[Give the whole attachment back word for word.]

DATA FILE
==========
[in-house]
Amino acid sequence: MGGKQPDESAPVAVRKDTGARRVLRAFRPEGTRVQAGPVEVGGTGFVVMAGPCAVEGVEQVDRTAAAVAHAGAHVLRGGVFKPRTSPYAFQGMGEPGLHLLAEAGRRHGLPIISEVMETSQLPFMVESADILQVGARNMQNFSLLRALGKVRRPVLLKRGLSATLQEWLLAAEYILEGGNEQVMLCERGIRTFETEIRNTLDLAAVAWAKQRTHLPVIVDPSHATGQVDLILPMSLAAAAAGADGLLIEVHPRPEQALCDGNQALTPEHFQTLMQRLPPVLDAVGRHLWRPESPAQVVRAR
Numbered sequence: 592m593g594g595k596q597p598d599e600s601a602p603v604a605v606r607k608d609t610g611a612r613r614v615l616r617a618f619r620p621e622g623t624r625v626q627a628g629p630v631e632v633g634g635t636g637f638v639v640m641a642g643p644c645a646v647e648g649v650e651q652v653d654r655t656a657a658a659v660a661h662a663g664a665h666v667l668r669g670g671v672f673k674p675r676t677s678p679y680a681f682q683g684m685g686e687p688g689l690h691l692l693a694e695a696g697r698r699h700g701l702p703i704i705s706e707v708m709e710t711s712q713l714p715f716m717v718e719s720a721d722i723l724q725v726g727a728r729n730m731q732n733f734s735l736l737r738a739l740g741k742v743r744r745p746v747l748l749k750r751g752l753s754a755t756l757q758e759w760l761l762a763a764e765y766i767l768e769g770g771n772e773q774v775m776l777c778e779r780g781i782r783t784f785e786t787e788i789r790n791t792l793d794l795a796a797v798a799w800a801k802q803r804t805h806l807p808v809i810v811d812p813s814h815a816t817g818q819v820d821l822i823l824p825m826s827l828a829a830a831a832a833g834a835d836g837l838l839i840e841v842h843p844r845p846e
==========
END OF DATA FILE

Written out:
[in-house]
Amino acid sequence: MGGKQPDESAPVAVRKDTGARRVLRAFRPEGTRVQAGPVEVGGTGFVVMAGPCAVEGVEQVDRTAAAVAHAGAHVLRGGVFKPRTSPYAFQGMGEPGLHLLAEAGRRHGLPIISEVMETSQLPFMVESADILQVGARNMQNFSLLRALGKVRRPVLLKRGLSATLQEWLLAAEYILEGGNEQVMLCERGIRTFETEIRNTLDLAAVAWAKQRTHLPVIVDPSHATGQVDLILPMSLAAAAAGADGLLIEVHPRPEQALCDGNQALTPEHFQTLMQRLPPVLDAVGRHLWRPESPAQVVRAR
Numbered sequence: 592m593g594g595k596q597p598d599e600s601a602p603v604a605v606r607k608d609t610g611a612r613r614v615l616r617a618f619r620p621e622g623t624r625v626q627a628g629p630v631e632v633g634g635t636g637f638v639v640m641a642g643p644c645a646v647e648g649v650e651q652v653d654r655t656a657a658a659v660a661h662a663g664a665h666v667l668r669g670g671v672f673k674p675r676t677s678p679y680a681f682q683g684m685g686e687p688g689l690h691l692l693a694e695a696g697r698r699h700g701l702p703i704i705s706e707v708m709e710t711s712q713l714p715f716m717v718e719s720a721d722i723l724q725v726g727a728r729n730m731q732n733f734s735l736l737r738a739l740g741k742v743r744r745p746v747l748l749k750r751g752l753s754a755t756l757q758e759w760l761l762a763a764e765y766i767l768e769g770g771n772e773q774v775m776l777c778e779r780g781i782r783t784f785e786t787e788i789r790n791t792l793d794l795a796a797v798a799w800a801k802q803r804t805h806l807p808v809i810v811d812p813s814h815a816t817g818q819v820d821l822i823l824p825m826s827l828a829a830a831a832a833g834a835d836g837l838l839i840e841v842h843p844r845p846e